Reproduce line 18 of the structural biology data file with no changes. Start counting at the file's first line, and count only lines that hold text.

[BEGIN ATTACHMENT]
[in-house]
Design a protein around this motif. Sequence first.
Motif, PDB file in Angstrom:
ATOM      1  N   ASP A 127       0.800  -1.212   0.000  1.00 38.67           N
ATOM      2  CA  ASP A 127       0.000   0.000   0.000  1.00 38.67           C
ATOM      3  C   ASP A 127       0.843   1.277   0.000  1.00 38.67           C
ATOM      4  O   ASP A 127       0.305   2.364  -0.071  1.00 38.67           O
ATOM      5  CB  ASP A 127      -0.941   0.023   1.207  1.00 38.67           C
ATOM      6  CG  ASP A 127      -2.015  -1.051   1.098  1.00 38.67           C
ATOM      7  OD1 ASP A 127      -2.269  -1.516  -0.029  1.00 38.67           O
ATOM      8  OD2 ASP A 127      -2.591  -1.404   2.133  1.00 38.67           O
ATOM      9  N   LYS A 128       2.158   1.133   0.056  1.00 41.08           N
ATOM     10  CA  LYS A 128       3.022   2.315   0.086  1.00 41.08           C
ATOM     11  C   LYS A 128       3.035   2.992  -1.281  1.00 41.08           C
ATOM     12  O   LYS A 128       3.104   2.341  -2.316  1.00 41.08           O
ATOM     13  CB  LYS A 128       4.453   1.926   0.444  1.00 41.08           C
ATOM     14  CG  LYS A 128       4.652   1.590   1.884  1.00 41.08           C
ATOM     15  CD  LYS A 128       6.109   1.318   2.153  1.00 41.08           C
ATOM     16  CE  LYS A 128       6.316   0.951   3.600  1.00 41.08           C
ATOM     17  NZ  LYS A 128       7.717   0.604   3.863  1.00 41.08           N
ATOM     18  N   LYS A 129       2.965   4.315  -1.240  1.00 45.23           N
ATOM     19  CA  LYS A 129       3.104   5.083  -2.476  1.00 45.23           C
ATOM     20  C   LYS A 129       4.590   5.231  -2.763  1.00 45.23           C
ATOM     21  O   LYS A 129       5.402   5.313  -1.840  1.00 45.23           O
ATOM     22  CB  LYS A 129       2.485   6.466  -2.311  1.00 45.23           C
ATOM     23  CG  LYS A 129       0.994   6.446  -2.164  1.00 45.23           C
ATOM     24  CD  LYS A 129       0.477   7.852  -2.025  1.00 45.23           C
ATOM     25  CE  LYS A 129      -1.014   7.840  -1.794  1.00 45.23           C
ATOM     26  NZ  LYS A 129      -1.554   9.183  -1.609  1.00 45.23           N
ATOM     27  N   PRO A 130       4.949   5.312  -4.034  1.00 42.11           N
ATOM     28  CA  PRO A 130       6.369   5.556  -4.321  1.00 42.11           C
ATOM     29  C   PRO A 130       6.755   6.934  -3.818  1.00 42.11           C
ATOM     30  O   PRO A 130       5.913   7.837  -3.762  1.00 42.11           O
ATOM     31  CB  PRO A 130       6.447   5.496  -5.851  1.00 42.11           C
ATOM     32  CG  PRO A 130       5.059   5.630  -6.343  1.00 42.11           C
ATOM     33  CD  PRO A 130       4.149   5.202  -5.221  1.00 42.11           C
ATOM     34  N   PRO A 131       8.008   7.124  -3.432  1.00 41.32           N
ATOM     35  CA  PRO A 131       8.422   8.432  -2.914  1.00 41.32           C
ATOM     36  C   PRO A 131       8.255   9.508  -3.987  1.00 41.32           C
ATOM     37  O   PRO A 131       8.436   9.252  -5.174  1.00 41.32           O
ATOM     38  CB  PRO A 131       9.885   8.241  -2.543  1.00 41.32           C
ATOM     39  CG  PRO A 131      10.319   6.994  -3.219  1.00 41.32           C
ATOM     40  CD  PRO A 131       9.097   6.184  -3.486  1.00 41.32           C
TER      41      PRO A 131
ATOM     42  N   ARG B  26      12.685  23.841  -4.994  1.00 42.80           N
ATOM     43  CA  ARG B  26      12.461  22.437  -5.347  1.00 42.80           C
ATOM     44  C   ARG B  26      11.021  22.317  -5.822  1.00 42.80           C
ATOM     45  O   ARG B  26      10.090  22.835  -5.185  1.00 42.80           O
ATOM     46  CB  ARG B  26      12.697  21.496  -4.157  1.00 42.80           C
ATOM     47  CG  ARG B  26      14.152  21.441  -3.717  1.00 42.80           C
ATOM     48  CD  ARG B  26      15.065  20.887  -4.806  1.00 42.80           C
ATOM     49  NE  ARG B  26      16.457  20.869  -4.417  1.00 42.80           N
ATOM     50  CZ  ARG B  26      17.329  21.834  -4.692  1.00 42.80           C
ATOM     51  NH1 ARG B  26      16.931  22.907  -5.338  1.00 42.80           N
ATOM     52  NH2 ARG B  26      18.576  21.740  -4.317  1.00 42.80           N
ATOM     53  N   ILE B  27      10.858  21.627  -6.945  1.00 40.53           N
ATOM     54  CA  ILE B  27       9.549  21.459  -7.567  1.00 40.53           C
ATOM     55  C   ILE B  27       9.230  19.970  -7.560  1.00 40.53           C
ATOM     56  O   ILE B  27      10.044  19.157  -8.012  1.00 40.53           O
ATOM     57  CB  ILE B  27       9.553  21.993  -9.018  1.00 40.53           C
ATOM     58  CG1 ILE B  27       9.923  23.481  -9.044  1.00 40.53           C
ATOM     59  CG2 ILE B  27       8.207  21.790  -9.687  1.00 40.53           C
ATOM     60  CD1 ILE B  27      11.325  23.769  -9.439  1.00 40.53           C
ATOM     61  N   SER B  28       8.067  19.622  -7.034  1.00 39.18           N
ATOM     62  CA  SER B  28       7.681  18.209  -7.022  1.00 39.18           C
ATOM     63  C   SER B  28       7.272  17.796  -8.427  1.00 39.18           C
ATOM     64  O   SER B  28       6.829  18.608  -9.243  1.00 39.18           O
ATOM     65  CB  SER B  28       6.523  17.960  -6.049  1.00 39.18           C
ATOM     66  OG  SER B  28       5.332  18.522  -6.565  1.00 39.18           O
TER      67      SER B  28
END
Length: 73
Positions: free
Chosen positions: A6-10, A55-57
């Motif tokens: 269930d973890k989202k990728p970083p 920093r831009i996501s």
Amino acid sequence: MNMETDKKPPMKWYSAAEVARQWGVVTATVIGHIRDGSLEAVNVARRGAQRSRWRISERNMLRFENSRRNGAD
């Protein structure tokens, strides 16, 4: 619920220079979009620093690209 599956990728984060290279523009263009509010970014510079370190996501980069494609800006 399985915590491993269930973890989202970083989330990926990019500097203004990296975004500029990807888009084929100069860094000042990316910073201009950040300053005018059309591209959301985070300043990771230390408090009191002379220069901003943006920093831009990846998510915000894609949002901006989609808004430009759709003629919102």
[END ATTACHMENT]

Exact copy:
ATOM     15  CD  LYS A 128       6.109   1.318   2.153  1.00 41.08           C